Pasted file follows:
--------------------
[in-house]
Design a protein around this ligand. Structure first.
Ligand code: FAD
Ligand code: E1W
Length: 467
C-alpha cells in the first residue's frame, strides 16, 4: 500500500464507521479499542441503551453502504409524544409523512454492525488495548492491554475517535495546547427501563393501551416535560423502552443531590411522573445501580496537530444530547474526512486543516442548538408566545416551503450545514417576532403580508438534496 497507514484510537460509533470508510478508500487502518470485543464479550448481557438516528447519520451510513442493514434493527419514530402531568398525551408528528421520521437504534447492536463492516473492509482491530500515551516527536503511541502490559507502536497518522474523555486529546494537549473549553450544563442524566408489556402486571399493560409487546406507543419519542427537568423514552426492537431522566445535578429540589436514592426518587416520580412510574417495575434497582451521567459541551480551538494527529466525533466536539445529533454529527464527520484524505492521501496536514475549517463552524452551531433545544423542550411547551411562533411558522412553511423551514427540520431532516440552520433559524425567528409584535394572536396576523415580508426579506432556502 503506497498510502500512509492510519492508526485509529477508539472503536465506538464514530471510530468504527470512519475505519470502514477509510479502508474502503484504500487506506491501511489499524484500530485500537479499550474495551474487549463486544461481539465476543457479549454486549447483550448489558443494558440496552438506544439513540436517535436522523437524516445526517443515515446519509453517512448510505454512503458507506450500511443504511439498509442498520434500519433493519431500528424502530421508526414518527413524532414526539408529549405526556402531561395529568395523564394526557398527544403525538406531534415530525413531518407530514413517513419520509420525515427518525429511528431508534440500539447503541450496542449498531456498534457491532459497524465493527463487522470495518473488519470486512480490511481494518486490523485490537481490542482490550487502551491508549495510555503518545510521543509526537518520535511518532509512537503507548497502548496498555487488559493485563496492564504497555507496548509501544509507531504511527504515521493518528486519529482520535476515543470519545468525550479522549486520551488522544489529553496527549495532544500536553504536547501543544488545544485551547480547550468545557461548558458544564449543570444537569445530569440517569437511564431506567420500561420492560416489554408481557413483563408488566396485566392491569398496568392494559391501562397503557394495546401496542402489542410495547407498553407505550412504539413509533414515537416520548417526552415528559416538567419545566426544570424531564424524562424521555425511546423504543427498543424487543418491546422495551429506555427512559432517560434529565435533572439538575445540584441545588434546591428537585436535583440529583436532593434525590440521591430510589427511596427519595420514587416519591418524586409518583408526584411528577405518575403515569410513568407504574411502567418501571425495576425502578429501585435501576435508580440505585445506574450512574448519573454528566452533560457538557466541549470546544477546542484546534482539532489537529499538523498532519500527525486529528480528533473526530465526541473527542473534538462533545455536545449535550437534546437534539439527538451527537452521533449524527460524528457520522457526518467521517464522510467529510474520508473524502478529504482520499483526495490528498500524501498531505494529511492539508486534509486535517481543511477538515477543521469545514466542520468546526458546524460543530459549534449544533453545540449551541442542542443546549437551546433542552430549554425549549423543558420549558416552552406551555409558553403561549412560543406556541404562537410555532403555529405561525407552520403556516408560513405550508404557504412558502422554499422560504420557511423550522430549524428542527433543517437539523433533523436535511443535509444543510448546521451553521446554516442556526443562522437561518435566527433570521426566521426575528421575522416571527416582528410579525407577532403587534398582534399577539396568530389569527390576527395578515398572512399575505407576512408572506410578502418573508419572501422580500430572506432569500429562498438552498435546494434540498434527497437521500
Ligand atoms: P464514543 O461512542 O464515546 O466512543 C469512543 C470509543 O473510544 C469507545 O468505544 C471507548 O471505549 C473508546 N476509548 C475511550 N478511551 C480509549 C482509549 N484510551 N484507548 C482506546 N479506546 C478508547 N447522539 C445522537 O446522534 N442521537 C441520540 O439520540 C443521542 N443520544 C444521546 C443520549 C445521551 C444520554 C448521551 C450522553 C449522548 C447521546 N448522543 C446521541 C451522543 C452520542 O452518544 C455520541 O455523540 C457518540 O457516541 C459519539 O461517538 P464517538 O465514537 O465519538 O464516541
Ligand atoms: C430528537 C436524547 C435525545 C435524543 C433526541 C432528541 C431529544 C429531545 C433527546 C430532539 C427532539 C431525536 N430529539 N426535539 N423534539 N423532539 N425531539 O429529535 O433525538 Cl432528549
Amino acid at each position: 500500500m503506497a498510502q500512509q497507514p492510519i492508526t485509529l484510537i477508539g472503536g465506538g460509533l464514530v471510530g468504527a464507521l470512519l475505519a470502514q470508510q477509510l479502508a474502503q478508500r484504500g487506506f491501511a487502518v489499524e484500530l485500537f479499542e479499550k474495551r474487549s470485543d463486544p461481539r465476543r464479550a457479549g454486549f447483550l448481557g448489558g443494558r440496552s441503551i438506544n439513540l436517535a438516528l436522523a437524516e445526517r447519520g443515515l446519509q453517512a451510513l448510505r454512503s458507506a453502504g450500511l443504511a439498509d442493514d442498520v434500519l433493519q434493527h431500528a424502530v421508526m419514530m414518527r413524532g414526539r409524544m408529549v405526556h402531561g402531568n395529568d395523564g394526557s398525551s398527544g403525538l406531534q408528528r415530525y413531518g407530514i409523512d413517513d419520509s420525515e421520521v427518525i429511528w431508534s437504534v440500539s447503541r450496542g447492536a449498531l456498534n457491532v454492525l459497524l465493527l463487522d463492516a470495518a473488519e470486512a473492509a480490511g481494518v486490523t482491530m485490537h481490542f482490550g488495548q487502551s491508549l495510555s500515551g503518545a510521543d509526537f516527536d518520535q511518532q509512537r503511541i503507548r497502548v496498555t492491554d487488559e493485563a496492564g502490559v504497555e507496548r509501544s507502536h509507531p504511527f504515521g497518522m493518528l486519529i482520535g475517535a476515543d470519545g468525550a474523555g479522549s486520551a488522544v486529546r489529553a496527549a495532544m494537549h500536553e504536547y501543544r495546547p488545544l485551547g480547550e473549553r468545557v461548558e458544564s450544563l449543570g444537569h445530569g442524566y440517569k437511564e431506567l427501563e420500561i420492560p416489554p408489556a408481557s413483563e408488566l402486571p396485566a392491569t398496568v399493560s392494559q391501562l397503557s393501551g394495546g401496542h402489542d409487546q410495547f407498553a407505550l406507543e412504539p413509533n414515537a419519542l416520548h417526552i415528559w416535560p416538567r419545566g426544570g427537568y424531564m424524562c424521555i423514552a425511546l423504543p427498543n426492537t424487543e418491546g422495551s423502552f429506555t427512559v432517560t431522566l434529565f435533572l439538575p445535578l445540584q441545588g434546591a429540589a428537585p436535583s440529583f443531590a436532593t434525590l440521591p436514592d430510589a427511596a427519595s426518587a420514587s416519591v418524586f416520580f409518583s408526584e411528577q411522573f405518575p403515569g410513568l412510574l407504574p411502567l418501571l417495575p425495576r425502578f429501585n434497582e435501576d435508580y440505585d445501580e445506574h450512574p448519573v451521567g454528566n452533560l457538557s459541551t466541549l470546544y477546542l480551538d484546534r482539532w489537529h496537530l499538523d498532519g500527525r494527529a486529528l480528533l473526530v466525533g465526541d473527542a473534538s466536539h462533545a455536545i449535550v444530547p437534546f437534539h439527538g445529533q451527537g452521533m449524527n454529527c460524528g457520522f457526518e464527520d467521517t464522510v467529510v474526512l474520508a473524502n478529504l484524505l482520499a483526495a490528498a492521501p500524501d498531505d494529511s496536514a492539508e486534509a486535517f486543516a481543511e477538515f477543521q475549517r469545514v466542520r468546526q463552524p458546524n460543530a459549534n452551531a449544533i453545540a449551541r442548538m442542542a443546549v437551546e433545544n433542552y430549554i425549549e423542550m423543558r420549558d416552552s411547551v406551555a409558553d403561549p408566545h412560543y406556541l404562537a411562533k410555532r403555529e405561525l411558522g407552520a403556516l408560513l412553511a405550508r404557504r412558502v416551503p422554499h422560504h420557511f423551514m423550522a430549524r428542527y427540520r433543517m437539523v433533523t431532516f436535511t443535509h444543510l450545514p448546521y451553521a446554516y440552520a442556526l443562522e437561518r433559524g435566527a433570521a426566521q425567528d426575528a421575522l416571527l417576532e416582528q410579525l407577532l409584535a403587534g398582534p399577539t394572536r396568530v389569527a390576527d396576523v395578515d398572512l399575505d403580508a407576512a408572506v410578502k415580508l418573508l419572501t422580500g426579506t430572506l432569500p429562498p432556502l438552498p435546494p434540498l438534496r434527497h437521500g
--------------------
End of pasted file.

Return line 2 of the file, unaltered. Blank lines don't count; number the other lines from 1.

Design a protein around this ligand. Structure first.